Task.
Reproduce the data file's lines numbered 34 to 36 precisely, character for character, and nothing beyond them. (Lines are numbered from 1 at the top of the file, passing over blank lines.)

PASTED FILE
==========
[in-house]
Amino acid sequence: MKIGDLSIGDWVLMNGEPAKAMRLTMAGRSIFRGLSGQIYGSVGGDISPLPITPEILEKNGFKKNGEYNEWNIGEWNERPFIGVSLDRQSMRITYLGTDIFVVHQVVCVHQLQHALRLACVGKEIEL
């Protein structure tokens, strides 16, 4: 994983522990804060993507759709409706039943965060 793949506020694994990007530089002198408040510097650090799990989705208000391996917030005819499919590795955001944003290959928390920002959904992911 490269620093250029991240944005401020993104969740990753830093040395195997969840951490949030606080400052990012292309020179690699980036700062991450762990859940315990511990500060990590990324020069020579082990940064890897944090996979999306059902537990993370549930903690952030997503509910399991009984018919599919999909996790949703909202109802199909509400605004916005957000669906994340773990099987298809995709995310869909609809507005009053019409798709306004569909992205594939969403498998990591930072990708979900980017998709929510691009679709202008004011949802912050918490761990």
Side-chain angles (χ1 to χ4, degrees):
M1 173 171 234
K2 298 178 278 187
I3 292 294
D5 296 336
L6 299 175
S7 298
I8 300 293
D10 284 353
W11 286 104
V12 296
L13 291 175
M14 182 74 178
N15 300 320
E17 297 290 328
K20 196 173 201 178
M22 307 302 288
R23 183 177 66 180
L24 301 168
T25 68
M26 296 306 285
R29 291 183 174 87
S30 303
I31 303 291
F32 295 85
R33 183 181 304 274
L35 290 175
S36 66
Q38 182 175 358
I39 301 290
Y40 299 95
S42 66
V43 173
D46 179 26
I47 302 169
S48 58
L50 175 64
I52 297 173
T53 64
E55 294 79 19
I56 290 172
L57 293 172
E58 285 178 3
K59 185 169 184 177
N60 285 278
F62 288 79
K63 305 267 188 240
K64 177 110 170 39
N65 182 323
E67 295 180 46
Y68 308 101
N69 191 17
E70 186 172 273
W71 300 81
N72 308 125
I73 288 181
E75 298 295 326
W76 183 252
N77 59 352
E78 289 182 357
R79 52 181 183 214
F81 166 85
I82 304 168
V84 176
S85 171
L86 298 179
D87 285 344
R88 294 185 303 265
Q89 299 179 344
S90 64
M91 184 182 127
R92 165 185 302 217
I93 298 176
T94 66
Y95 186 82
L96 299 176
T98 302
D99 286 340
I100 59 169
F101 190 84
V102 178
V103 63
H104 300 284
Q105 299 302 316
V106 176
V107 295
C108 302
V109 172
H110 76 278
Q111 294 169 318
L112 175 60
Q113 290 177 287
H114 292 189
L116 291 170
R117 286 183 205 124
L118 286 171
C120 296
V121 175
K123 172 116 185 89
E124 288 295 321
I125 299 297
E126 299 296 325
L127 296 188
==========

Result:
Y40 299 95
S42 66
V43 173